Student Loan Rates Double As Congress Fails To Reach A Deal

July 1, 2013  |  

The interest rates for federally subsidized Stafford student loans increases today from 3.4 percent to 6.8 percent after Congress failed to reach a deal to maintain current rates. Democrats have said that they want to keep the interest rate low to help low- and middle-income students. Republicans have pushed to make the interest rates meet the 10-year Treasury notes. According to Fox News, Democrats have said that the Senate will consider voting on a yearlong extension on July 10, following the July 4 holiday. House Republicans say they would prefer a long-term solution. The National Association of Student Financial Aid Administrators tells CNNMoney that they’re telling students to settle into this higher rate.

The new rates only apply to new loans. But any deal could be retroactive. There’s hope that a compromise will be reached before the end of the summer when the number of loans jumps up with the beginning of the school year.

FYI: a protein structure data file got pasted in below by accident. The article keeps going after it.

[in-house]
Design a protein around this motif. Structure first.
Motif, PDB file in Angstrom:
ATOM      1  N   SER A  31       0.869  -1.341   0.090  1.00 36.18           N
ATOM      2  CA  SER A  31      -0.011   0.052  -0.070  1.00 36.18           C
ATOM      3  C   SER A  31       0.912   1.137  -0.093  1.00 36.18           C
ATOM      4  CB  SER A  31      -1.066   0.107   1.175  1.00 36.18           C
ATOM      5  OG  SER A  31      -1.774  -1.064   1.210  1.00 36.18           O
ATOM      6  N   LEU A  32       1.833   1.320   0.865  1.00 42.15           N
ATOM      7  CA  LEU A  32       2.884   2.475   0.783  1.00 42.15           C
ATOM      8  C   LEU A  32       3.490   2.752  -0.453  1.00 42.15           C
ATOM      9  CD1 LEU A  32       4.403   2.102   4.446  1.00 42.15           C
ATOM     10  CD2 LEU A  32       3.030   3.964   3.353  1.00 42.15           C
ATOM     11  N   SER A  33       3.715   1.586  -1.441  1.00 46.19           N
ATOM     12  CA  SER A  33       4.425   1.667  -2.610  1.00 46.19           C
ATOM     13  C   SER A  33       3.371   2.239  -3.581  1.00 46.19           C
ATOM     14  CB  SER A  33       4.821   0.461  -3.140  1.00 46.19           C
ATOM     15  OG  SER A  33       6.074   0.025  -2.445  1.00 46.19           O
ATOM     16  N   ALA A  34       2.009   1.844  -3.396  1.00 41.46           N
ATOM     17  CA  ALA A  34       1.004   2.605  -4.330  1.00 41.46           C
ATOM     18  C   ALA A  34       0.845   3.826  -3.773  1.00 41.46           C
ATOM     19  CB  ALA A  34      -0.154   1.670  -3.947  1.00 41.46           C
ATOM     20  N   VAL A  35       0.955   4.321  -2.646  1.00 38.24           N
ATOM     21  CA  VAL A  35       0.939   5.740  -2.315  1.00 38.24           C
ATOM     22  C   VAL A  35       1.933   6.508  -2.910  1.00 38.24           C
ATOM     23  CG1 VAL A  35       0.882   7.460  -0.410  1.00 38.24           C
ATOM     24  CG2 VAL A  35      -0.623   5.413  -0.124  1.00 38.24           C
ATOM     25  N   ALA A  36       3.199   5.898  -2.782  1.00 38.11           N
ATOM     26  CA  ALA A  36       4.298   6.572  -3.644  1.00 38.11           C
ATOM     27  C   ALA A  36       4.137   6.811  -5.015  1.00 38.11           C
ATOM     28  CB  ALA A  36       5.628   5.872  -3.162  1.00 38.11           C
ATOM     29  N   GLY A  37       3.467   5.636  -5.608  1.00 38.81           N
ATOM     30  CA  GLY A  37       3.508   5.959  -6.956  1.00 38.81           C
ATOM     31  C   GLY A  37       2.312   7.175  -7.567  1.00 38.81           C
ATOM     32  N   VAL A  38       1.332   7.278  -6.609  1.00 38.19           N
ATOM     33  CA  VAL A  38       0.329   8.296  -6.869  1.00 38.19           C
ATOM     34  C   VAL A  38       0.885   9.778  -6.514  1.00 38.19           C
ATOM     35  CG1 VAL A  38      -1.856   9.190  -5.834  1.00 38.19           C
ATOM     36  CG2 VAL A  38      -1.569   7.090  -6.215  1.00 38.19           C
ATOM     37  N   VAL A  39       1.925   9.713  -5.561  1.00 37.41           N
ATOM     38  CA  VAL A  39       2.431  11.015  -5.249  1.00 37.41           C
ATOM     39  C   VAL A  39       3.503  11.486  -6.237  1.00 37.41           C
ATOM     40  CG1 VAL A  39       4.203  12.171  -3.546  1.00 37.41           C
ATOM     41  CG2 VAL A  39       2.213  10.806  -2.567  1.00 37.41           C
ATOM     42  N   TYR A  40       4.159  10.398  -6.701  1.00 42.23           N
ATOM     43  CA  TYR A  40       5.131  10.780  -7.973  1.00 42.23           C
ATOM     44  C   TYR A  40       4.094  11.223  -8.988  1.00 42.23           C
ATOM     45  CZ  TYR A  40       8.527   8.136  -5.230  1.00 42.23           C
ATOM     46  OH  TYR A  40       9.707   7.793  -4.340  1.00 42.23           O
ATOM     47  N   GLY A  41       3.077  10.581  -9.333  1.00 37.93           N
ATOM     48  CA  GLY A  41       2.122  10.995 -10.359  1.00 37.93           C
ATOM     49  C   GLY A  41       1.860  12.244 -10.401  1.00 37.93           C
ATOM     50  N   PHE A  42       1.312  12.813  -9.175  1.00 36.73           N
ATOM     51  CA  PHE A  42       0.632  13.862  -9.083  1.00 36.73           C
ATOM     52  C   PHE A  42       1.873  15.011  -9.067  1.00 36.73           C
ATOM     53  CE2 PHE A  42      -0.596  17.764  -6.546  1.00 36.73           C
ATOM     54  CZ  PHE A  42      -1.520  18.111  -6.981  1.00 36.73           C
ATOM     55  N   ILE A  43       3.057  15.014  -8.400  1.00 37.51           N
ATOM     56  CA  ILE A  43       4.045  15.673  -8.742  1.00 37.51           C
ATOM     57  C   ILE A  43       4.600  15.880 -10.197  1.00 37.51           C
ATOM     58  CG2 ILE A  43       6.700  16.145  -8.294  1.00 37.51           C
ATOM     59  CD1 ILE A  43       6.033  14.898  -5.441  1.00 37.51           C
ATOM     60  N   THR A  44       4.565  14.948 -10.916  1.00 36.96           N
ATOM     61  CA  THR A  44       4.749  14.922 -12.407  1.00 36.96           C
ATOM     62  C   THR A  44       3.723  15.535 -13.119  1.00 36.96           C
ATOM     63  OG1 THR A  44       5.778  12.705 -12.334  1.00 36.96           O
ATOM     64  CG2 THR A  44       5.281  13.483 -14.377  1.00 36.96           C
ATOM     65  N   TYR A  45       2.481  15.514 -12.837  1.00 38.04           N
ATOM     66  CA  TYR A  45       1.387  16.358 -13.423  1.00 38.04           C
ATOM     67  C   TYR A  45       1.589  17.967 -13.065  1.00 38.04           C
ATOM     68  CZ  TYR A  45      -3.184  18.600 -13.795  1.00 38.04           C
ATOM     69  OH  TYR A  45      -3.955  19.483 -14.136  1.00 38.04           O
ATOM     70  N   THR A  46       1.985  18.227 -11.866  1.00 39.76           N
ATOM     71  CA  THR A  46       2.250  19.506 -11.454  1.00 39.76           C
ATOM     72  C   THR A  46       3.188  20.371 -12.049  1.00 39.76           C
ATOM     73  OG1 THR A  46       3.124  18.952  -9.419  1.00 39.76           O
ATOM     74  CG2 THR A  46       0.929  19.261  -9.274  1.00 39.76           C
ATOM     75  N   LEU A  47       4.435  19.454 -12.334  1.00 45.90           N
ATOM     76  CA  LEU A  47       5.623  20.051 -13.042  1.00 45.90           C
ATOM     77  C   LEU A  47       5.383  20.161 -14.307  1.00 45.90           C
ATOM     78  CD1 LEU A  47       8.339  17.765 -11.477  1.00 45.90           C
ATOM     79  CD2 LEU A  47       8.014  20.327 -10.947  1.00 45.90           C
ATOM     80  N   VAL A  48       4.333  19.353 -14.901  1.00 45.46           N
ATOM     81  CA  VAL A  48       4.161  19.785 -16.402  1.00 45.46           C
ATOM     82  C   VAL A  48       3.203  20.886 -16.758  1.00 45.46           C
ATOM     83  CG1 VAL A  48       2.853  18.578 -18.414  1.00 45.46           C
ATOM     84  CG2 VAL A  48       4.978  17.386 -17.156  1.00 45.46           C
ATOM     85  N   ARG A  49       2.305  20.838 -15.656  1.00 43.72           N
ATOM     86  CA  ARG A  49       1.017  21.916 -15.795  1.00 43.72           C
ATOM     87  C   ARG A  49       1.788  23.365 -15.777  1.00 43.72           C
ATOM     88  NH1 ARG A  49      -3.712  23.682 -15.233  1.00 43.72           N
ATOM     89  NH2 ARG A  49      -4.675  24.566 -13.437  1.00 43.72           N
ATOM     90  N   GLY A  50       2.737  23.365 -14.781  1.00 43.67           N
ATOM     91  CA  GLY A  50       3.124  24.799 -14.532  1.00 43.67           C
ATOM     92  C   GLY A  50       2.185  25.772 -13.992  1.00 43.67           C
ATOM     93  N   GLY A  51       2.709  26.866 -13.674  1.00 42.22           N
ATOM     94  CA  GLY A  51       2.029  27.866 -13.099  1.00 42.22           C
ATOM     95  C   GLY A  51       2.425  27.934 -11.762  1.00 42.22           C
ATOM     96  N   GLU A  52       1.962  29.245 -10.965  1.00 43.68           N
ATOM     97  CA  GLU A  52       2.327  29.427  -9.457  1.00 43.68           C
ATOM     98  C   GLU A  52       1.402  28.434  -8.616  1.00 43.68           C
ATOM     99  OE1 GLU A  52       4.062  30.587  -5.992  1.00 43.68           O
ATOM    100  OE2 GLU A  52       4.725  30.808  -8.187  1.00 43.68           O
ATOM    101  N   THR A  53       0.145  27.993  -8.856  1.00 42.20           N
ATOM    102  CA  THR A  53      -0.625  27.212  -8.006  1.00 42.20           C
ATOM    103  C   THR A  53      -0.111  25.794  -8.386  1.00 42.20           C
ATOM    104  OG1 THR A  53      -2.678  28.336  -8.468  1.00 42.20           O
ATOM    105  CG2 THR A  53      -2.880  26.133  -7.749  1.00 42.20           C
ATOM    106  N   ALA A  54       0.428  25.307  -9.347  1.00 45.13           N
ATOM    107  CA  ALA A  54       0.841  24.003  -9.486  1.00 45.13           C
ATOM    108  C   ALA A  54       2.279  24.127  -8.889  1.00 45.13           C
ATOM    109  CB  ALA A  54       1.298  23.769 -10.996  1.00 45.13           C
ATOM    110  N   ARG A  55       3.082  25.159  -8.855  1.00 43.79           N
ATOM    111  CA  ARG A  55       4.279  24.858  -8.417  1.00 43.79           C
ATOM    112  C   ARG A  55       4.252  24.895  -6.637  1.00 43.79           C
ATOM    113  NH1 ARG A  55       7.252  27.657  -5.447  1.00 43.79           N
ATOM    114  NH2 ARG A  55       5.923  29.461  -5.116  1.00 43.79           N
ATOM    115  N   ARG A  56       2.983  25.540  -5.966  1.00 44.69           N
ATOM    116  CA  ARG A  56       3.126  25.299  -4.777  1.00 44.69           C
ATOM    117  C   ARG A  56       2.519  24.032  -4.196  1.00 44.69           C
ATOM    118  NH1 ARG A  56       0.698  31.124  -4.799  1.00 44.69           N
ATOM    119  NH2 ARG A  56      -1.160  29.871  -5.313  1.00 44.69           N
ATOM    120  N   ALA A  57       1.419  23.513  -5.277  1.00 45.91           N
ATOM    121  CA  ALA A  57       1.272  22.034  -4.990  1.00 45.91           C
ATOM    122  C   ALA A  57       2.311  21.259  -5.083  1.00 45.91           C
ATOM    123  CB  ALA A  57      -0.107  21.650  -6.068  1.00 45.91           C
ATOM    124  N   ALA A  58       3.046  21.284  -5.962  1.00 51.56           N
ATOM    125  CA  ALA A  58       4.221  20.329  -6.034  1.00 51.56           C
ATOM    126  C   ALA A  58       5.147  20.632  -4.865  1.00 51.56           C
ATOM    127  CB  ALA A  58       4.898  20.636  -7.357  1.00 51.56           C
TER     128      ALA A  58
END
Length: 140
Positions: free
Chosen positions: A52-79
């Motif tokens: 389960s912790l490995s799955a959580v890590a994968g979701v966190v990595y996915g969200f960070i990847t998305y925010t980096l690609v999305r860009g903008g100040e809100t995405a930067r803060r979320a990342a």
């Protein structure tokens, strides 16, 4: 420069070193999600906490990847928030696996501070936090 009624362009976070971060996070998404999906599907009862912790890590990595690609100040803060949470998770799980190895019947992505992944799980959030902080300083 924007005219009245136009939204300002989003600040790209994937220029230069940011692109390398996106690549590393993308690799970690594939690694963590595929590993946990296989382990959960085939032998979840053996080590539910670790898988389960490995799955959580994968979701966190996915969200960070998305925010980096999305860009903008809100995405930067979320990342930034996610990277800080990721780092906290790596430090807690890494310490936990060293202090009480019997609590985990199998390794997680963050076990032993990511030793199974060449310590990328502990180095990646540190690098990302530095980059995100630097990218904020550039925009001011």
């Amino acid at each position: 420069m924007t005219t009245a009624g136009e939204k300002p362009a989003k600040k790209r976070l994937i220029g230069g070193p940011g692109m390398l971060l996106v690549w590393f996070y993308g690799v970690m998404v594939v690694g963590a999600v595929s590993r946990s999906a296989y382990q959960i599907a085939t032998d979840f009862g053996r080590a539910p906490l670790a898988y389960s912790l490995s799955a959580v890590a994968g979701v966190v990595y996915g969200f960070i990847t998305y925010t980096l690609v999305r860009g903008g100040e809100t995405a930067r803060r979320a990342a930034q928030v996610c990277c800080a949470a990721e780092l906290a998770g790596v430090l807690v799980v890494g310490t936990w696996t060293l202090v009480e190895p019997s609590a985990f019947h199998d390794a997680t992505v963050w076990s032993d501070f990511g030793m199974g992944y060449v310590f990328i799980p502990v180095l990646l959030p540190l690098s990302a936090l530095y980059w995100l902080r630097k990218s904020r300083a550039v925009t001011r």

Young people, more than ever, are saddled with high amounts of student loan debt and few employment options. CNNMoney notes that it’s the second largest debt adults carry these days behind their mortgage. As of 2011, the average student loan debt was $27,000. For many people, the debt has become a hindrance, stopping consumers from purchasing houses, buying a car, or starting a family because they can’t afford it. Experts who spoke with USA Today said that the key is to graduate with a manageable amount of debt, a figure that doesn’t exceed the first year’s annual income. Others said the shifts that could occur because of the heavy debt load could have dramatic social implications.

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